The latest on TikTok: Microsoft takeover talks, a potential U.S. ban and more
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The latest flare-up between the U.S. and China is TikTok, the video-sharing app. President Donald Trump threatened to ban the app Friday.
TikTok’s parent company, ByteDance, which is headquartered in Beijing, says that despite a possible ban in the U.S., it remains committed to its global audience.
U.S. policymakers are worried that ByteDance could let the Communist Party of China access the data TikTok collects from American users, an allegation repeatedly denied by ByteDance and the Chinese government.
Over the weekend, ByteDance released a statement on Chinese social media, saying the firm faces all kinds of “complex and unimaginable difficulties,” alluding to the U.S.-China trade tensions, plus cultural differences.
ByteDance also accuses Facebook, its competitor in overseas markets, of smear and plagiarism, no doubt referring to Facebook’s release of a TikTok-like product called Instagram Reels.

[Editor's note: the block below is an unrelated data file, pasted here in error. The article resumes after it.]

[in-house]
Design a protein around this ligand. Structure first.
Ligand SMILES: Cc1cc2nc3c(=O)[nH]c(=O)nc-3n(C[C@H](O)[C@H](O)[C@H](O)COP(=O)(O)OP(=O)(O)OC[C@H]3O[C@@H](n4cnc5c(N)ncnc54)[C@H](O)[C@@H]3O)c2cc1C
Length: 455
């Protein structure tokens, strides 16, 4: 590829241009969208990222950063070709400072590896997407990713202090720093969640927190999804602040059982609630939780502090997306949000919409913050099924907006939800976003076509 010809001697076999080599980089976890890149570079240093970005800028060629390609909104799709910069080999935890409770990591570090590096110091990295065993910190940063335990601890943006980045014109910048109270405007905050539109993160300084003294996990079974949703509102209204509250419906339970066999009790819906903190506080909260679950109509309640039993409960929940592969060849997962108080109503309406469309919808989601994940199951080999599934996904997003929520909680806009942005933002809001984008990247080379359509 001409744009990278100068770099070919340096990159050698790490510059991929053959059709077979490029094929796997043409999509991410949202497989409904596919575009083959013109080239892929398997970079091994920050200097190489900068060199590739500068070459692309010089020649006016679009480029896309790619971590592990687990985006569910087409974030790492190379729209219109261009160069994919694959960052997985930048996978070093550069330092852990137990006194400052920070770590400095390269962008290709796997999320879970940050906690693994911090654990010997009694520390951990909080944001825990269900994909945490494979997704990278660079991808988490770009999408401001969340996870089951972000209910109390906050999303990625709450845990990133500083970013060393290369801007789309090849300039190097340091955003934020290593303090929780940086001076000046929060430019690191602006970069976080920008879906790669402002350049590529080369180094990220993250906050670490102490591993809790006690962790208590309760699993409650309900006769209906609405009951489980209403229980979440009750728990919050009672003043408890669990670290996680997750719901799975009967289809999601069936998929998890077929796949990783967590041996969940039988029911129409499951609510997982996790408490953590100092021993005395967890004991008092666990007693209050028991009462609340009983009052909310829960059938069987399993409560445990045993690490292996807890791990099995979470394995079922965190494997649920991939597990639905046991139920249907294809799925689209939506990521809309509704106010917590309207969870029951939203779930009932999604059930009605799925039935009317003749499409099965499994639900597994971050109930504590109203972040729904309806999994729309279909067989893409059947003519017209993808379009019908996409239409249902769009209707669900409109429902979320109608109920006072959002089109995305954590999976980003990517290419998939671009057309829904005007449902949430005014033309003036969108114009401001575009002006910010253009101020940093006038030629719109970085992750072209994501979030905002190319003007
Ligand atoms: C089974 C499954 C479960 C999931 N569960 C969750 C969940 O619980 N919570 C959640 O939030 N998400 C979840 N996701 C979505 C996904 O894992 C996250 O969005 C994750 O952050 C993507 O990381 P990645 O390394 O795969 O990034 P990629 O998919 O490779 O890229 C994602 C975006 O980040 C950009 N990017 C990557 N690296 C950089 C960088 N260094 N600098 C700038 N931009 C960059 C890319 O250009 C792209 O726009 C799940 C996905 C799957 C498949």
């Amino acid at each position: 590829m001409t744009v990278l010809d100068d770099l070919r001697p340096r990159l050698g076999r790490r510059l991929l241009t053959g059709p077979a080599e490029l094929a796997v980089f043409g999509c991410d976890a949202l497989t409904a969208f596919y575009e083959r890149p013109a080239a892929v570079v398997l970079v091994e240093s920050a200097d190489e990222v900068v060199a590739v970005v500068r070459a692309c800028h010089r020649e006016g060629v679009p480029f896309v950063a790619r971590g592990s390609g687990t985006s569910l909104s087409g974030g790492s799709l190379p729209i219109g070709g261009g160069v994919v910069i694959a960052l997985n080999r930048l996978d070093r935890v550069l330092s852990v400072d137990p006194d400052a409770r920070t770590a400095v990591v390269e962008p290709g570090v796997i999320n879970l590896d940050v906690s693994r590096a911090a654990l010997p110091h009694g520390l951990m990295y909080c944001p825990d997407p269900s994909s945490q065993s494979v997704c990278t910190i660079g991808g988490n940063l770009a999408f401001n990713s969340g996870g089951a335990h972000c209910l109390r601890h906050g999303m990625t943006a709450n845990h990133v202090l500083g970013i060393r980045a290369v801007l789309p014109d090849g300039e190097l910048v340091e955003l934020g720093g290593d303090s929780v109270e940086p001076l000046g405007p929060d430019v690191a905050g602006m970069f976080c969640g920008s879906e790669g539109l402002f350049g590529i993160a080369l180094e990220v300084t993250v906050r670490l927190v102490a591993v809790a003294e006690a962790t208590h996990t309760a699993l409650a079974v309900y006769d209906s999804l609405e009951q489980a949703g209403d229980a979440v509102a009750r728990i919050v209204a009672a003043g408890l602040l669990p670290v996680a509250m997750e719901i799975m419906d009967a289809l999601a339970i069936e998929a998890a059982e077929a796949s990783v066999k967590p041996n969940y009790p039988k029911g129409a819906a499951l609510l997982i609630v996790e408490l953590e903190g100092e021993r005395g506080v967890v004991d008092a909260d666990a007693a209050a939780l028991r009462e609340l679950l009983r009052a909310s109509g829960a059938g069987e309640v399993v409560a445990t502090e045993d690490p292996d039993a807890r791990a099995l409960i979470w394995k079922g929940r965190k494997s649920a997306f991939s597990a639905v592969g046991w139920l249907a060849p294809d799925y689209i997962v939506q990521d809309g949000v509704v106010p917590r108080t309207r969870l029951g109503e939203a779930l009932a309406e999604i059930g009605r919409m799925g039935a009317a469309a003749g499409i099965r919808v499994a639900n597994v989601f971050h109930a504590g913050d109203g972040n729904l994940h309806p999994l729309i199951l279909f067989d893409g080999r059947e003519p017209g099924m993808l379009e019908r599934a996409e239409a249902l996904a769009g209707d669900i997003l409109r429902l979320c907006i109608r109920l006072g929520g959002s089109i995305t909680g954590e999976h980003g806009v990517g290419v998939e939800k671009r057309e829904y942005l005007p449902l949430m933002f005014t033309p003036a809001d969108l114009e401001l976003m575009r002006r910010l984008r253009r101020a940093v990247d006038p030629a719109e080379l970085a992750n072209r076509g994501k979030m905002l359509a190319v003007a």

A memo from ByteDance’s CEO to its staff, leaked to Chinese tech news site Pingwest, says TikTok is committed to serve American users and has no choice but to sell its U.S. operations.
Microsoft confirms it is currently in talks to take over TikTok’s U.S. business, and maybe even business in Canada, Australia and New Zealand, too.
A few comments on the Chinese web say U.S. action against TikTok is fitting since China blocks U.S. tech giants like Facebook, Google and Twitter.
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